Mary Ellen Mark, the American photojournalist, is one of many artists and writers whose Moleskine notebooks are documented in The Detour Book.

The book catalogues 250 different artists and how they utilize Moleskines, those ubiquitous black notebooks popular with Oscar Wilde and Ernest Hemingway.

The book was published in November, but it draws on six years of notebooks collected by Moleskine’s travelling exhibition.

Taking the form--of course--of an iconic Moleskine, the book takes a look at how versatile the notebooks are.

A page from the book of Christian Lacroix, who uses the books to catalog interesting prints and images.

The cellist Giovanni Sollima made these notes. He’s one of the many artists who use Moleskines as ad hoc scrapbooks.

Notes from British director Mike Figgis’s personal diary.

A sketch from the book of filmmaker Spike Jonze.

Another page scanned from Mary Ellen Mark’s book.

Toyo Ito’s sketches show a Thing-like building growing from the swamp.


10 Moleskine Journals From Some Of The Most Interesting Creatives Alive

A new book from Moleskine collects the intimate notes and drawings of 250 artists and writers, ranging from Sigur Ros to Toyo Ito.

Despite the ever-encroaching digital world, the popularity of Moleskine, those utterly dignified black notebooks that can be carried in your pocket, seems to only have increased. The many 20th-century cultural heroes who carried Moleskines, from Oscar Wilde to Pablo Picasso, have lent the brand an aura of creative genius.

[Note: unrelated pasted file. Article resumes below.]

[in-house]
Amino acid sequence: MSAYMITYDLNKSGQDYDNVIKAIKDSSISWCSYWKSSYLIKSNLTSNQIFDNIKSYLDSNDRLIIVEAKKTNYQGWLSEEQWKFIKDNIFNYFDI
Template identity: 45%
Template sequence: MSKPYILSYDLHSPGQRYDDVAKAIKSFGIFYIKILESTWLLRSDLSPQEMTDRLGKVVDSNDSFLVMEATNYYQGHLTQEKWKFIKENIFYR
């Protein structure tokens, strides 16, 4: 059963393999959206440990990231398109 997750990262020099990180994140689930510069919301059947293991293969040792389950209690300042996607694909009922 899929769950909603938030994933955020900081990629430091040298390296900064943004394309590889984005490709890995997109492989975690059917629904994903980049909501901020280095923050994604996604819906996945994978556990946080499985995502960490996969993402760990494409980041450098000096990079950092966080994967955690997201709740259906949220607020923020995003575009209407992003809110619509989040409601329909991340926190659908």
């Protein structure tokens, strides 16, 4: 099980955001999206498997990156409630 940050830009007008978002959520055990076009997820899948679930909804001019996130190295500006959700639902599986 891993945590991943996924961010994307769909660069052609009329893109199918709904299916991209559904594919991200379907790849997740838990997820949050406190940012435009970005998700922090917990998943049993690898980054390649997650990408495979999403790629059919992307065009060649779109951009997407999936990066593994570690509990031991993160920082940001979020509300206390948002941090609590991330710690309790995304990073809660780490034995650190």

But this winter, Moleskine is bolstering its 21st-century cred with the publication of The Detour Book, a collection of the creative journals of present-day artists, designers, and writers. Noted by Brain Pickings’ Maria Popova last week, The Detour Book sounds like one of those tomes that deserves to be poured over:

Scattered across the pages of The Detour Book are the images of over 250 notebooks decorated, hacked, and filled with intimate sketches and drawings by some of the world’s most celebrated creative professionals; among them architects, designers, film directors and musicians including Spike Jonze, Sigur Ros, Mary Ellen Mark and Karim Rashid, to name a few.

There are funny little cartoons from Dave Eggers and brilliant sketches from Toyo Ito, which show the Mikimoto building taking over Ginza. Each book is its own unique archive, preserving the struggle to bring a spark of an idea to fruition.

What’s interesting about the collection is that most people don’t use Moleskines as traditional sketchbooks at all. Instead, designers like Tord Boontje have used them as 3-D objects, slicing through their eggshell pages and hacking them into study models. ATELYE 70, the Turkish architecture studio, turned the fold-out pages of a Moleskine Pocket Accordion into an actual architectural model, inserting plexiglass staircases and scale models between the folds.

The Detour Book is one of those rare pieces of marketing that rewards a company and the consumer equally. It’s marvelously fun reading. And who can blame Moleskine for being proud? Buy it here.

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